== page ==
By Greg Freiherr, Editor, firstname.lastname@example.orgOne way to define technological progress is to observe whether it starts a revolution. Our latest revolution is digital: digital
By Greg Freiherr, Editor, email@example.com
One way to define technological progress is to observe whether it starts a revolution. Our latest revolution is digital: digital cameras, digital TV, and, of course, digital imaging.
A revolution requires that something big happens. In digital imaging, at least early on, that meant eliminating film.
In 1995, for example, executives at DuPont Diagnostic Imaging said that digital imaging would make film go away. Shortly after that, DuPont Diagnostic Imaging went away. It was bought by an investment group and renamed Sterling Diagnostic Imaging. Many DuPont executives showed up at Sterling, and were just as optimistic about digital imaging. Then Sterling Diagnostic Imaging went away. Most of its assets were bought by Agfa, which likes digital imaging but sees a future in film. I think that makes sense.
Film has been around for a long time, and it's going to stick around a while longer. After a decade of trying to make it go away, a lot of people have come to the same conclusion. Many of them have refused, however, to let go of the idea that we are in a digital revolution.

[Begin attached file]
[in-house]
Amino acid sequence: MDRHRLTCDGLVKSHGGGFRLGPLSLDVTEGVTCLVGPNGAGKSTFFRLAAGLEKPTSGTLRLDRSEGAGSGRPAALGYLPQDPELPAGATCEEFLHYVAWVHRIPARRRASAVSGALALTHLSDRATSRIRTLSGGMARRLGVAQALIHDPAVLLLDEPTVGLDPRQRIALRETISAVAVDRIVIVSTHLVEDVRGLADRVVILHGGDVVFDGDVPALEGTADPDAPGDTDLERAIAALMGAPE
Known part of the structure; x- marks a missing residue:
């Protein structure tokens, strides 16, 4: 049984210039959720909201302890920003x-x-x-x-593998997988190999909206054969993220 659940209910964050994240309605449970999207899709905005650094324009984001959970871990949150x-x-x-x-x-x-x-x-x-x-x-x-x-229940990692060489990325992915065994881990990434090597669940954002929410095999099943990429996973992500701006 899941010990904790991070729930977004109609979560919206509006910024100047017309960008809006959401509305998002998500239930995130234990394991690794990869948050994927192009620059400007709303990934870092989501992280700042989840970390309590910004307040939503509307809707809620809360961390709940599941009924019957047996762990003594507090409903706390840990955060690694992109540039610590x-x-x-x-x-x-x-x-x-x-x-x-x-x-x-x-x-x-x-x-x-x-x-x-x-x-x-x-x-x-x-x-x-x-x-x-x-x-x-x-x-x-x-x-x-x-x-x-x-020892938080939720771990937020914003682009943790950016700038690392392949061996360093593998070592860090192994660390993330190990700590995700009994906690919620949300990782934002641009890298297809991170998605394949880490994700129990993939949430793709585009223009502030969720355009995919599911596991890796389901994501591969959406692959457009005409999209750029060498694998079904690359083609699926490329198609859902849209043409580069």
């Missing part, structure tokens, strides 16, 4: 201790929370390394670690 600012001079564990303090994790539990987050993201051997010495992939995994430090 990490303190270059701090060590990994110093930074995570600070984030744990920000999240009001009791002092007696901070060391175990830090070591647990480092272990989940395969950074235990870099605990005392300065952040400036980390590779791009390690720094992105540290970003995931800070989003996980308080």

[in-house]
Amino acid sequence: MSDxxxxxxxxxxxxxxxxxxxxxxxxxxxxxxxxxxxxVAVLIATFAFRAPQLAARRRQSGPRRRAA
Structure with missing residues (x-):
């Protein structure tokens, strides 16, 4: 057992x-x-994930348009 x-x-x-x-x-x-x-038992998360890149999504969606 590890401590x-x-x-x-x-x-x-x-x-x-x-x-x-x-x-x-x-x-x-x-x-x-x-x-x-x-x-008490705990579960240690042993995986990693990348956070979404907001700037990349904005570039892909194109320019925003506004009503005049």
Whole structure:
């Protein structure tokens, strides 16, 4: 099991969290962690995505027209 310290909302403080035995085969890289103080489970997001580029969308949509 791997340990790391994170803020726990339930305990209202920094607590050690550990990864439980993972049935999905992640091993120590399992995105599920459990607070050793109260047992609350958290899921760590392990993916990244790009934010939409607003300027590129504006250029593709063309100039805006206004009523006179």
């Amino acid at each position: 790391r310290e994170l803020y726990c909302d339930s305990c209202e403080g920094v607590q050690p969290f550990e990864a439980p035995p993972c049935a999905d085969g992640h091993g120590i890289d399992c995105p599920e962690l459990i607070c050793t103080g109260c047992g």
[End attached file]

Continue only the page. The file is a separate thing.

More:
This has made me wonder just how big a transformation is needed to qualify as a revolution. Maybe it doesn't mean that one way of life has to be entirely replaced by another. Maybe there is something in between--the introduction of a new breed of technology that creates a unique situation and forces older technologies to innovate in order to survive. This produces a range of alternatives, a kind of technologically induced freedom.
I think we're seeing this now, even though it's not widely recognized. On the RSNA exhibit floor a few weeks ago, film companies were anything but willing to let go of their old ways. In fact, some very smart people came up with a way to make images sharper by making the film absorb x-rays better. Chemistry, not electronics, provided the answer here.
Then there are the changes in digital technologies. I was told when digital radiography was first introduced that electronic x-ray detectors would squash computed radiography. But CR keeps on going.
So instead of imposing a monotechnological world, the digital revolution is actually giving us a world of increasing choices. That's both good and bad: good because practitioners can pick the best solution for a problem, and bad because we have to be able to recognize which is best. And that's where CAD comes in.
Or is that another revolution?